Gold Demand Is Mediocre, But Central Banks Are Still Heavy Buyers
Gold is perhaps the most controversial asset in the market. The precious metal recently enjoyed more than a decade of annual gains and was considered a safe haven during much of the financial crisis, but broke its winning streak last year in spectacular fashion. A debate remains on how strong gold will perform in the wake of unprecedented central bank actions. However, one thing is clear: Gold demand is looking quite average these days.
In the second quarter, gold demand totaled 964 tonnes, down 16 percent from 1,148.3 tonnes in the same quarter a year earlier, according to a new report from the World Gold Council. That is below the average of 1,062.6 tonnes seen over the past five years, but inline with the ten-year average. Sharp declines in the consumer segments hindered total gold demand.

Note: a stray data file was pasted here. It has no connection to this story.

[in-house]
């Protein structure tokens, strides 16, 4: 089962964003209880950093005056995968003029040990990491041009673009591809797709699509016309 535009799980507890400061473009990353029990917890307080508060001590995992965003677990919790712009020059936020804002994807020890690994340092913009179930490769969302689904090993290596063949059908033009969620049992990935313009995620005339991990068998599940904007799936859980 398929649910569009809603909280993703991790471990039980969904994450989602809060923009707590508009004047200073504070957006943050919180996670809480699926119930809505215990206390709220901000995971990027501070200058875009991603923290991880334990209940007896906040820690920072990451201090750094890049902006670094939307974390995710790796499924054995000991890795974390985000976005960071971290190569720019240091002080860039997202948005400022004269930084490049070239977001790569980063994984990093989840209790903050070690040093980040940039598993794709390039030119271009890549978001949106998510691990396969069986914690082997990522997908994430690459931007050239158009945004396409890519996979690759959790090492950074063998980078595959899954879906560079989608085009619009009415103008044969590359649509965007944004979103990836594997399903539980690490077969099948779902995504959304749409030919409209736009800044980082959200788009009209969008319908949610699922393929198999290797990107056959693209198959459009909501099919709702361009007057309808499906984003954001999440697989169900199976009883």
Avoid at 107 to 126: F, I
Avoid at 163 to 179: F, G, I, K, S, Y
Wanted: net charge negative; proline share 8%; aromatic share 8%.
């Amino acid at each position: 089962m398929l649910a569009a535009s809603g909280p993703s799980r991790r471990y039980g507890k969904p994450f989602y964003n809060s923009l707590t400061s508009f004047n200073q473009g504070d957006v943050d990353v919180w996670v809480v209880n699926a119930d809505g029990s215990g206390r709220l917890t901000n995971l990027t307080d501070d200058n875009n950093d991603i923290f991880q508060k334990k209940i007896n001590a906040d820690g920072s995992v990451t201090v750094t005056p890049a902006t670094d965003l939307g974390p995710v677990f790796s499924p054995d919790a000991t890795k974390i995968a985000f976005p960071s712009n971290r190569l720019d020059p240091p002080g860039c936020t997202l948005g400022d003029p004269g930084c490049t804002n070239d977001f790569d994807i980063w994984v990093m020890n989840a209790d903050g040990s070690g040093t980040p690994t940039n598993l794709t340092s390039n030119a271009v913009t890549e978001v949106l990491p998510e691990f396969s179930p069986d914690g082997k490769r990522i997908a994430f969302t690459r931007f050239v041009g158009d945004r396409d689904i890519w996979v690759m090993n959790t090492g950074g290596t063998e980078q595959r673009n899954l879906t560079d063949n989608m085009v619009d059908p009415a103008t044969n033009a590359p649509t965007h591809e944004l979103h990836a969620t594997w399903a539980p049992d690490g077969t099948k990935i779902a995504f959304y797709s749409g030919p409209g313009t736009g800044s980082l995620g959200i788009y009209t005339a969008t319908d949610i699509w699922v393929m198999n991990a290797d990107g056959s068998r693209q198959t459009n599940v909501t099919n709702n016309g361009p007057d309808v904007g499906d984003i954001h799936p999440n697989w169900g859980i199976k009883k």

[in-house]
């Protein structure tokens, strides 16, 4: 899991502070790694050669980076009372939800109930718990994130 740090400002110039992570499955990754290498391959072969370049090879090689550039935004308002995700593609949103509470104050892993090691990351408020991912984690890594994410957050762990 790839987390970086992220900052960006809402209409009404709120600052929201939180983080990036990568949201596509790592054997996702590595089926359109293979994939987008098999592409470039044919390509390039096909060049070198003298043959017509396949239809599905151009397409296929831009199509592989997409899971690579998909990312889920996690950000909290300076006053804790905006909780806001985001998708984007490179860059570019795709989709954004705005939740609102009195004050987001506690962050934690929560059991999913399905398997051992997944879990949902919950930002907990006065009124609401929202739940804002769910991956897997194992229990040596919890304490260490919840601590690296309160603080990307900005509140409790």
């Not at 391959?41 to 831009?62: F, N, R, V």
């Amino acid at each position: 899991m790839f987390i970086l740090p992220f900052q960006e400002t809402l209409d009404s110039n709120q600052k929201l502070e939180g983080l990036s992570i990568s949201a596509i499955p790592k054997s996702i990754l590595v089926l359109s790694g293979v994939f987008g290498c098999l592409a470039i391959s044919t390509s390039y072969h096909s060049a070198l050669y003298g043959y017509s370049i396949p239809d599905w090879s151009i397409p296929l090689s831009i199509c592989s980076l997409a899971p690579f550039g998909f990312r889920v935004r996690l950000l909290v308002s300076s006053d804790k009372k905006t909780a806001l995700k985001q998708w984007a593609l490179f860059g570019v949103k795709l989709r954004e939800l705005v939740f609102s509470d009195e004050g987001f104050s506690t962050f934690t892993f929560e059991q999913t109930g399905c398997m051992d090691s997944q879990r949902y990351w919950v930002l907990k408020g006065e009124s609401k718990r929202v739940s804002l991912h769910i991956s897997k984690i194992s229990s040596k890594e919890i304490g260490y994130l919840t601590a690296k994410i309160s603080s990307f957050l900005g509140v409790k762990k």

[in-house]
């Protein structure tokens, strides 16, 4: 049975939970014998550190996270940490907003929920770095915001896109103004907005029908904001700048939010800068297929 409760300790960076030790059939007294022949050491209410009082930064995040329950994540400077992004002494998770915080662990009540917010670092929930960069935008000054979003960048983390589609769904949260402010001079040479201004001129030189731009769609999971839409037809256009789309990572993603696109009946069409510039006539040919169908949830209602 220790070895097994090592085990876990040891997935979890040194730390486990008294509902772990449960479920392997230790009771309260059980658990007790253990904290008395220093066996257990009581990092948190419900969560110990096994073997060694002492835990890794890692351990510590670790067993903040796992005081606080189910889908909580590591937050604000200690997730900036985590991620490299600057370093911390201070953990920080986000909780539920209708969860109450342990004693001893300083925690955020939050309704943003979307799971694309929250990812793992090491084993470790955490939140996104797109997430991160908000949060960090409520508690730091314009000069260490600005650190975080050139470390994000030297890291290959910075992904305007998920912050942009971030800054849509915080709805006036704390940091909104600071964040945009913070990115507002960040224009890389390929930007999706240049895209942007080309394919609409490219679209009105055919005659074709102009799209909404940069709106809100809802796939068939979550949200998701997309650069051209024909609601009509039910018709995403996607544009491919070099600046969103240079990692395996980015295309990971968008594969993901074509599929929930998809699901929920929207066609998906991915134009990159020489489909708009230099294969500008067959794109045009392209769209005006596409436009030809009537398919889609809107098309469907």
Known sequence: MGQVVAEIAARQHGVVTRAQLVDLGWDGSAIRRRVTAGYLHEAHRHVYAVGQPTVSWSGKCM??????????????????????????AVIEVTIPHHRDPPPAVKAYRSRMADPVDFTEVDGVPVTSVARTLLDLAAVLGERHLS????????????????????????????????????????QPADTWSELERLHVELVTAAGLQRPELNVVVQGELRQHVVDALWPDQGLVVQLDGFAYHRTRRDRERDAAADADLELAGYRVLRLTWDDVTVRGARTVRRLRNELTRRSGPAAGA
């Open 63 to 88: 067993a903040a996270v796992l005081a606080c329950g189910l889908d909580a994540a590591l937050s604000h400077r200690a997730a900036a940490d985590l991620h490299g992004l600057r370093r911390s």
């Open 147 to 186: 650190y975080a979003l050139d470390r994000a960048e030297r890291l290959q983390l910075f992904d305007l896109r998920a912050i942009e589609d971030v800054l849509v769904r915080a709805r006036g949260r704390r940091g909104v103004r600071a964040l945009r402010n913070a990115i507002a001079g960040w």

“The second quarter saw a continuation of many of the factors that were in play during Q1: the huge stockpiling of gold that took place in Asian markets during 2013 was still, to some extent, being digested; the election and import restrictions forestalled Indian consumers; bar and coin investors continue to sit on the sidelines; while jewelry consumers in the US and UK were further encouraged by improving economic conditions,” explains the report.